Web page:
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jimbojohn55

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jimbojohn55 last won the day on March 25

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  1. On with the teardown, removing the lock ring with a few careful taps and a three leg oil filter wrench. this allows for a closer look at the discoloured brass, much of it appears to be an oxidised layer under the clear lacquer.
  2. The rusted in circlip actually proved quite straight forward, with a soak in penetrating oil overnight and prying it with a scriber and screwdriver it came out quite easily. next popped the group, piston and shower screen into a jug of pulycaf for the initial clean up.
  3. And the prize inside is of course a rusted in steel circlip
  4. On with the pimp, group strip down, pass me a shovel
  5. So now the neighbour has stopped singing and holding a candle on their balcony I can concentrate on more important things FFS 🙄 The pressure gauge has a cracked face and some discolouration of the surround, so tapped off the bezel using a small hammer and a flat washer to work against the bezels edge all the way round. Then pop in a replacement glass and holding the gauge face down force the bezel back on, after cleaning up the parts.
  6. So the pressurestat on these is a quality bit of kit, and engineering, I knew that the pstat was not working and as suspected on closer inspection it was not possible to blow air through the pipe, a quick wiggle with a pressicion tool that took several house to make sorted that. I took the pstat apart just to check the microswitch was working, which it was.
  7. The element on these has a copper shroud , in place to promote the flow of heated water circulating around the boiler
  8. ok so on with the strip down and a light descale
  9. All of them can do the business, the post millennium 51mm groups are fine , just treat the plastic group liner as a serviceable item, they do wear and warp occasionally, the design was part of an attempt to reduce over heating issues with the plastic piston which worked but they found that it occasionally worked loose so they switched back to brass. I have a plastic piston (original in a 97 Euro) that came loose and I put it back carefully with a bit of ptfe tape and its still going strong. The pre 74 pavs with a brass liner and brass piston and dual element are supposed to be the most thermally stable because of the extra brass and you can switch to 300w element, interestingly someone has started making new brass liners which may fit post millennium machines, I've got both machines in the workshop so will find out in a few weeks.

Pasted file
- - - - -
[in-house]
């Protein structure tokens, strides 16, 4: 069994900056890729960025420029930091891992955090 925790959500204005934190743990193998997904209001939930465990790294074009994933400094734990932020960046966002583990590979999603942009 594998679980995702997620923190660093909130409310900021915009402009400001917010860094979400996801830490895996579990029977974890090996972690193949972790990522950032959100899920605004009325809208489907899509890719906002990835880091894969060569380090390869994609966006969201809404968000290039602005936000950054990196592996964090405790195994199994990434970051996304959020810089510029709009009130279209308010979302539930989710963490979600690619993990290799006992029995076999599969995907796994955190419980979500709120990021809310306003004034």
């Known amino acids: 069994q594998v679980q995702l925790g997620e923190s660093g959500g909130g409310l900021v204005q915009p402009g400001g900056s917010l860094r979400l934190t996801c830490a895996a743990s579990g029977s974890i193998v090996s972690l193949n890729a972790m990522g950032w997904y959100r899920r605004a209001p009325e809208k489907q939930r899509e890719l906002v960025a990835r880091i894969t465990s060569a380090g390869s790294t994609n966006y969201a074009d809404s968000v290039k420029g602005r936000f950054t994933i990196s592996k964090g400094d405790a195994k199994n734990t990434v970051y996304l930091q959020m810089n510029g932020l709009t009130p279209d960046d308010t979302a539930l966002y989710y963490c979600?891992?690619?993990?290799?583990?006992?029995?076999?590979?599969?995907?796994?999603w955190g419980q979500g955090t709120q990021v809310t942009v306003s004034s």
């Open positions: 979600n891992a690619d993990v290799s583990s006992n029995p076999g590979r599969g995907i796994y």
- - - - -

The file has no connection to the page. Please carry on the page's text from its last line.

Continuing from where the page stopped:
10. Hmm after much thought about the music to pimp by and having just heard the Charles has corona I think I will go with
  11. The brass pavs are not all brass, in particular the base is brass plated steel so takes the most damage. Im probably not going to do a total refinish on this one as it starts to get hideously expensive, for example a replacement base would cost 180 Euro !!! so the existing base will be pimped
  12. The lever is close fitting with no waggle !
  13. Short boiler cap has a brass insert for the screw threads
  14. Ok so in the age of lockdowns and mindless rants on the forum I thought it was about time to impose another over detailed pimp. 1986 Brass Pav - never been restored or serviced - not in great condition but I've seen a lot worse - so on with the mindless condition details 🖕
  15. Subjective however a forum member did some tests with a temp probe in the puck and measured the group temp at the same time, he found that to get the water on the puck at 94 c he found the group needed to b at 75 c - now the trick is that the pav group shows different temps at the same time depending on where your taking the reading, the lower part heating up first the best bet is to be driven by taste. Using a pav to its best ability requires many variables, just change one thing a time, and keep reading good luck
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